[–] [deleted] 0 points 26 points (+26|-0) ago 

[Deleted]

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[–] Donbuster 0 points 65 points (+65|-0) ago 

To be clear, its legal now, but right to repair bills do something very important- they protect that right. Companies, especially apple and john deere, are attempting to make unauthorized repair nearly impossible through software (for instance by making repairs not detected as approved brick the device or machinary), and then claim that bypassing the DRM is copyright infringement, and therefore illegal. TPP would have helped massively with this, by finally giving them the last piece of that puzzle, enshrining in law that, yes, the bypassing of DRM software is itself a crime even when done for legal purposes. Coincidentally, it also would have made such actions a criminal rather than civil offense.

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[–] 1moar 0 points 15 points (+15|-0) ago 

Thanks for clarifying this, it's important to know. I like to think I stay pretty well informed, but it's tough in this day and age, to be up on everything.

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[–] curomo 0 points 4 points (+4|-0) ago 

I think DMCA already made that the law.

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[–] BillMarshall 0 points 2 points (+2|-0) ago 

John deere and toro will already not release info and there is no law to compel them similar to the auto industry which at least has weak ones. to protect car owners.

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[–] bikergang_accountant 3 points -2 points (+1|-3) ago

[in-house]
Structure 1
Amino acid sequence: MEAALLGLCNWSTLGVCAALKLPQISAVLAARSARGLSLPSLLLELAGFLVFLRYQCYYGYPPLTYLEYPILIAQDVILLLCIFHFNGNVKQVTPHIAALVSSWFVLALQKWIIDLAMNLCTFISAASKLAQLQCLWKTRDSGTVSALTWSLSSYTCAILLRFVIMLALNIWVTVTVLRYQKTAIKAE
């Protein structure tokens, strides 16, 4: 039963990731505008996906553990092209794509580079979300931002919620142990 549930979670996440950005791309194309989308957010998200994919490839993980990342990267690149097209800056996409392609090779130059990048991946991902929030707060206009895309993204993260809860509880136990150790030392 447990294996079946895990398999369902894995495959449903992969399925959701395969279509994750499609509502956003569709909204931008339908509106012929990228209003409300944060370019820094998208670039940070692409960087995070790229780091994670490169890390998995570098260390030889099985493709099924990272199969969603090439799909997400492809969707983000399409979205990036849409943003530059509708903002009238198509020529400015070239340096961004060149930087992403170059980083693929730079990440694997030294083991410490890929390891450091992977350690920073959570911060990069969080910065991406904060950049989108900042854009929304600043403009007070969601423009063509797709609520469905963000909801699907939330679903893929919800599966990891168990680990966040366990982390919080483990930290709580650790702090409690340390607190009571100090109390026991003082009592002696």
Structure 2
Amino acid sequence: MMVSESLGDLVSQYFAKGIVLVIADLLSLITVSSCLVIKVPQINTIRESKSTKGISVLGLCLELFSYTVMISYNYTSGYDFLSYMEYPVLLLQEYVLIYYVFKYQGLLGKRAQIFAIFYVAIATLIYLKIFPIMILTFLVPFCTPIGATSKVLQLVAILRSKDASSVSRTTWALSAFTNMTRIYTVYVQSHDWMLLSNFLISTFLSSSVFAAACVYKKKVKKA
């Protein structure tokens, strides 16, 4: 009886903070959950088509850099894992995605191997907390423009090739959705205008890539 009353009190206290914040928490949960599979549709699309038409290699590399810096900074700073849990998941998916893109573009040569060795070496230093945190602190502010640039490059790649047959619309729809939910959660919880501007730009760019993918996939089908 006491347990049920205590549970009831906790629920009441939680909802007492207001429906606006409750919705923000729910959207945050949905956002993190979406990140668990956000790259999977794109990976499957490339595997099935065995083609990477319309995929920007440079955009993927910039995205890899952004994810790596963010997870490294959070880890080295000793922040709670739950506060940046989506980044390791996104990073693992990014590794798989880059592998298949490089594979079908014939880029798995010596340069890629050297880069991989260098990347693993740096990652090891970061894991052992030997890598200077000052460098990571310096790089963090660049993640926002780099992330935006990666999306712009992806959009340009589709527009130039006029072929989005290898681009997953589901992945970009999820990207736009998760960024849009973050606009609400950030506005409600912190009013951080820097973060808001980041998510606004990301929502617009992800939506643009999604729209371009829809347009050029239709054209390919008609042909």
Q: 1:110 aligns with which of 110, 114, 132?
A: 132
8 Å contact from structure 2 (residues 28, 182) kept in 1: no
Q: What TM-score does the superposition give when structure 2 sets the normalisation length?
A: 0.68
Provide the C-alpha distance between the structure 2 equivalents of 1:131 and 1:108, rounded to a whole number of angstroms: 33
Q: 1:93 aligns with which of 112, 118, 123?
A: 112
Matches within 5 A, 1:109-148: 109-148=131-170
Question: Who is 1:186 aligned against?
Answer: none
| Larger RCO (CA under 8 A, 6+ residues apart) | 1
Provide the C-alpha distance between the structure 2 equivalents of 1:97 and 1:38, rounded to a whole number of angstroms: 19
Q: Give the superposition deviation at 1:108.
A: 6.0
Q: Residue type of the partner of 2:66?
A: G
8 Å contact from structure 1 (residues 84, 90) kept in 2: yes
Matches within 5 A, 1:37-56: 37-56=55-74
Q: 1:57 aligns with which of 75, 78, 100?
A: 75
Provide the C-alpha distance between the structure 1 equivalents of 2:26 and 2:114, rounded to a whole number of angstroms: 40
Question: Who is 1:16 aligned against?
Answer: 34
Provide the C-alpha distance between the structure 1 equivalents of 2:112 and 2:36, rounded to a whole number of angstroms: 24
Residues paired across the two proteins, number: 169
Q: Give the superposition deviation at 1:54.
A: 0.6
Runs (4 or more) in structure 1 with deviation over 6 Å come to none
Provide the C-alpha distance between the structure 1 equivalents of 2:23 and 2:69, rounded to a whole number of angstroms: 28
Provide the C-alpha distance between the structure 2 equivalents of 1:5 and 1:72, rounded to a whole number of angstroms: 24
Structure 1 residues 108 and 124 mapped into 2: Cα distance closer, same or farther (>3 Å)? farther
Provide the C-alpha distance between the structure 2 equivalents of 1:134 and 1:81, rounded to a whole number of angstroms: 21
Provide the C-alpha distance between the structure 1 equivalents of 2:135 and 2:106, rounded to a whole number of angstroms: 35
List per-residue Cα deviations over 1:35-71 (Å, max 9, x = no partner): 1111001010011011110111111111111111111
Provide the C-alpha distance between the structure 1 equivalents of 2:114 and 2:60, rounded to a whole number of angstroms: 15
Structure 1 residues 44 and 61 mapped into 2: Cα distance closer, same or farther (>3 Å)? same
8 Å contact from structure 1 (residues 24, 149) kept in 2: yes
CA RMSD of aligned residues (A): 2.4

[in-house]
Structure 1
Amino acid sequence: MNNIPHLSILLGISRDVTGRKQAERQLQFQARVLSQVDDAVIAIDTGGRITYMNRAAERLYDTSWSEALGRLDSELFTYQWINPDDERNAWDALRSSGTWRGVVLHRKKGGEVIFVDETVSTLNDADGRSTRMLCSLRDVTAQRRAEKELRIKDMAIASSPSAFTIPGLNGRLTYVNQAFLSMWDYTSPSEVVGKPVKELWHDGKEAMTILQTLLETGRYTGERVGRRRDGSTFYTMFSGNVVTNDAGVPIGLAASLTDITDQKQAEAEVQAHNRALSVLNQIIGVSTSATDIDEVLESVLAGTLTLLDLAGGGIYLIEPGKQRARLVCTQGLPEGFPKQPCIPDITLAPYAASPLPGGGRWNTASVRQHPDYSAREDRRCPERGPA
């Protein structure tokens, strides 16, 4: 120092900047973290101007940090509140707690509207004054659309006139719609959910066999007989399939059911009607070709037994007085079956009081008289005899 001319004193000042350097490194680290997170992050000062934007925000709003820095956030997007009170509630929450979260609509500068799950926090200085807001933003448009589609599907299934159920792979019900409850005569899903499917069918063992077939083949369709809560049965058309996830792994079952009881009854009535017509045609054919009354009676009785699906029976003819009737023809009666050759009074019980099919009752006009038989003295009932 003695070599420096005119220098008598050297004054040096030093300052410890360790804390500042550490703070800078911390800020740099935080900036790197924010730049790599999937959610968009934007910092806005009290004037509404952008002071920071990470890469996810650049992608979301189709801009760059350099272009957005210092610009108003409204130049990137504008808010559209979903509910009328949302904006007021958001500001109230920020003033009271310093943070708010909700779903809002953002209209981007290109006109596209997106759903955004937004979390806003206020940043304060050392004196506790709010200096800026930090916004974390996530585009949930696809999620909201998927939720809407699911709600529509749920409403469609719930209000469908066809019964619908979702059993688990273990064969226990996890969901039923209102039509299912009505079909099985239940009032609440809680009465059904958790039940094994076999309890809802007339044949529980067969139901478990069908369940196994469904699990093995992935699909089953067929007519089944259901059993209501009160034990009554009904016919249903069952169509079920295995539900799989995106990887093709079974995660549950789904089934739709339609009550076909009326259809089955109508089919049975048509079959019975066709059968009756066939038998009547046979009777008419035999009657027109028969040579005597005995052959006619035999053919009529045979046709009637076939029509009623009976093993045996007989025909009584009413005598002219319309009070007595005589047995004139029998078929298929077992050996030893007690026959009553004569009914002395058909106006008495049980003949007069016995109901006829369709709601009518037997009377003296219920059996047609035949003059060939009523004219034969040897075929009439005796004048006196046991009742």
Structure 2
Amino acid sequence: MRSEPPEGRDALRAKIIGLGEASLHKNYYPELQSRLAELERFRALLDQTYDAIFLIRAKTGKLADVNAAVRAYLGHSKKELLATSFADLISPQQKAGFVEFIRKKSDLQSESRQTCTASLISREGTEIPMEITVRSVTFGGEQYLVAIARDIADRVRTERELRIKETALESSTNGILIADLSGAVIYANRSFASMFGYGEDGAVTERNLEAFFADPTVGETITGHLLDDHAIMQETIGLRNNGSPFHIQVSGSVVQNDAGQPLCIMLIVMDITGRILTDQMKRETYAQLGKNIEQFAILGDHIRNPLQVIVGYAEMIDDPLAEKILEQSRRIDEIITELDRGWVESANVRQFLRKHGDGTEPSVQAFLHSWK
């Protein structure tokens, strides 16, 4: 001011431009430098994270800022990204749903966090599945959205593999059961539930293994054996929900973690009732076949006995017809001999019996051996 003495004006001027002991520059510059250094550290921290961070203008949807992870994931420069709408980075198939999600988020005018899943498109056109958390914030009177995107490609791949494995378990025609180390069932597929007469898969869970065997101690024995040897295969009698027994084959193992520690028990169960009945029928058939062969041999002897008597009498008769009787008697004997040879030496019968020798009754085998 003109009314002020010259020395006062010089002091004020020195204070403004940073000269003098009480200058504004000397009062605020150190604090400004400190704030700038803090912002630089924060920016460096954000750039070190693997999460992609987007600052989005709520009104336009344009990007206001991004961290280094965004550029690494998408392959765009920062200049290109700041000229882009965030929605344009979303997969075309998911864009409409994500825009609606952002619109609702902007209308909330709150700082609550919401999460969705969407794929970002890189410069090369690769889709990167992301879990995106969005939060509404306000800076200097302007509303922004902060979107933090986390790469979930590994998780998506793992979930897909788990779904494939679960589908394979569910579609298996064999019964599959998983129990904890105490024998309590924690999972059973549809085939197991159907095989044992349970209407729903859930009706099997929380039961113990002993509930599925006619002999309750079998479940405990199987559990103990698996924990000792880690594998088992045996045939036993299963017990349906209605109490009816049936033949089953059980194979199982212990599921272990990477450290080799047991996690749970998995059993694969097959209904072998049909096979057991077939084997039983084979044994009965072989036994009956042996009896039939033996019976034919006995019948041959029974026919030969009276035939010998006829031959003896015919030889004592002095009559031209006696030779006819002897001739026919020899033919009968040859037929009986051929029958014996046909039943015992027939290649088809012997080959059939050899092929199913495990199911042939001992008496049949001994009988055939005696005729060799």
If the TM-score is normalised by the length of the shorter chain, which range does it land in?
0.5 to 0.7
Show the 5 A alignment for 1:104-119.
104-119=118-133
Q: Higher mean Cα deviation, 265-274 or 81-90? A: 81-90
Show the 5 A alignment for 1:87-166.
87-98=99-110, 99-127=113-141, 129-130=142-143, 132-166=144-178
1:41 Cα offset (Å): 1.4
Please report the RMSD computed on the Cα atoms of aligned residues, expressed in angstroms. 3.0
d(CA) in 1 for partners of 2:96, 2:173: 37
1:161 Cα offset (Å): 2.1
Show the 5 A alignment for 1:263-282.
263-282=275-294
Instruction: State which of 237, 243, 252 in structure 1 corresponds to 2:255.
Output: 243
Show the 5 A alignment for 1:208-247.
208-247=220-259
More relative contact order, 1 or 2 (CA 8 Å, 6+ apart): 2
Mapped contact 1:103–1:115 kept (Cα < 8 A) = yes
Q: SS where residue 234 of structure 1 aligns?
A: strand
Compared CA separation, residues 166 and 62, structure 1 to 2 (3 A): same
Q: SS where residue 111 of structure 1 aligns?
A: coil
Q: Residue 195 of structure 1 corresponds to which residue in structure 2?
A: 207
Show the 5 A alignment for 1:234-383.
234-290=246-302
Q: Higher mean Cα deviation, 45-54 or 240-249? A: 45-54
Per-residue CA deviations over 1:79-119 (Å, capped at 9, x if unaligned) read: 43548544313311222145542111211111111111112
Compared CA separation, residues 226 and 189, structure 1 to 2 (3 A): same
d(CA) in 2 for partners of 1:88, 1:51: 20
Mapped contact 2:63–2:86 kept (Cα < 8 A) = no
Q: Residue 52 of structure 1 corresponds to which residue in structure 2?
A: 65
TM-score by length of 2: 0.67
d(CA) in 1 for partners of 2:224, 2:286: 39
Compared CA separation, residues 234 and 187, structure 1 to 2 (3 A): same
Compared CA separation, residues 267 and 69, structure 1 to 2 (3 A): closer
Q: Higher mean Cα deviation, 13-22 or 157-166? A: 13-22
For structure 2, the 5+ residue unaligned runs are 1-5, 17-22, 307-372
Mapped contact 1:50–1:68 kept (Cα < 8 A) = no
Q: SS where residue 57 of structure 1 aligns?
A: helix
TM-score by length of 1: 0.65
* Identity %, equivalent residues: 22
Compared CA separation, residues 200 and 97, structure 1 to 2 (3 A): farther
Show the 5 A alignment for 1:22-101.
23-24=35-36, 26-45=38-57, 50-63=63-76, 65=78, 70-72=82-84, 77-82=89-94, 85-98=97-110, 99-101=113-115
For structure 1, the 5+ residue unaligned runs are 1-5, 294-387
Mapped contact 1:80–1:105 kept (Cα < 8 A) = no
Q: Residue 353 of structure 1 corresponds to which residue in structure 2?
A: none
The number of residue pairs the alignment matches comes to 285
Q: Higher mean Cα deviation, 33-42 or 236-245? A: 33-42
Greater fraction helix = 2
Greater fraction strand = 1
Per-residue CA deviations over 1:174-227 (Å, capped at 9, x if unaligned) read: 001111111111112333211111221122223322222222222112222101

I've never really liked laws like these. Unless it's an amendment bills don't protect anything. They just introduce a football to the field to be kicked back and forth. I'd rather the government not admit authority over the matter and take it to court as is.

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[–] Mylon 0 points 16 points (+16|-0) ago 

This is a big issue for farming tractors. They are designed in such a way that if they malfunction, one has to break intellectual property laws to get into the software and fix them. Inkjet printer manufacturers tried to do the same, putting copyrighted software on cartridges so they can claim reprogramming them is breaking laws.

These companies are intentionally spending development time designing products with stuff they don't need for the sole purpose of capturing the repair/replacement market.

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[–] vacvape 0 points 11 points (+11|-0) ago  (edited ago)

All of that shit should already be illegal under anti competitive/ racketeering laws. But money talks and bullshit walks.

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[–] ShinyVoater 0 points 12 points (+12|-0) ago 

It's not illegal per se, but it's deliberately as close to impossible as they can get while still being able to offer their own overpriced repair services. It's pretty much an anti-trust measure.

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[–] PrinceOfLies 6 points 3 points (+9|-6) ago 

Title is a bit misleading. Bills will force manufacturers to provide repair parts to consumers and 3rd party repair shops, as well as provide proprietary repair manuals. As a consumer would love to see this happen, but I'd rather not have it government-mandated.

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[–] Donbuster 0 points 15 points (+15|-0) ago 

As a consumer would love to see this happen, but I'd rather not have it government-mandated.

Pick one. Companies know they can make FAR more profit by NOT doing these things, and charging the consumer a fortune for minor repairs. Which would you rather have? Parts, or less regulation?

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[–] Mylon 0 points 1 points (+1|-0) ago 

Companies can collude together to bilk consumers with these kinds of practices. Government is (ideally) consumers colluding together to tell those companies to knock it off. It's leveling the playing field.

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[–] derram 1 points 9 points (+10|-1) ago 

https://archive.is/A9ZCr | :

Five States Are Considering Bills to Legalize the 'Right to Repair' Electronics | Motherboard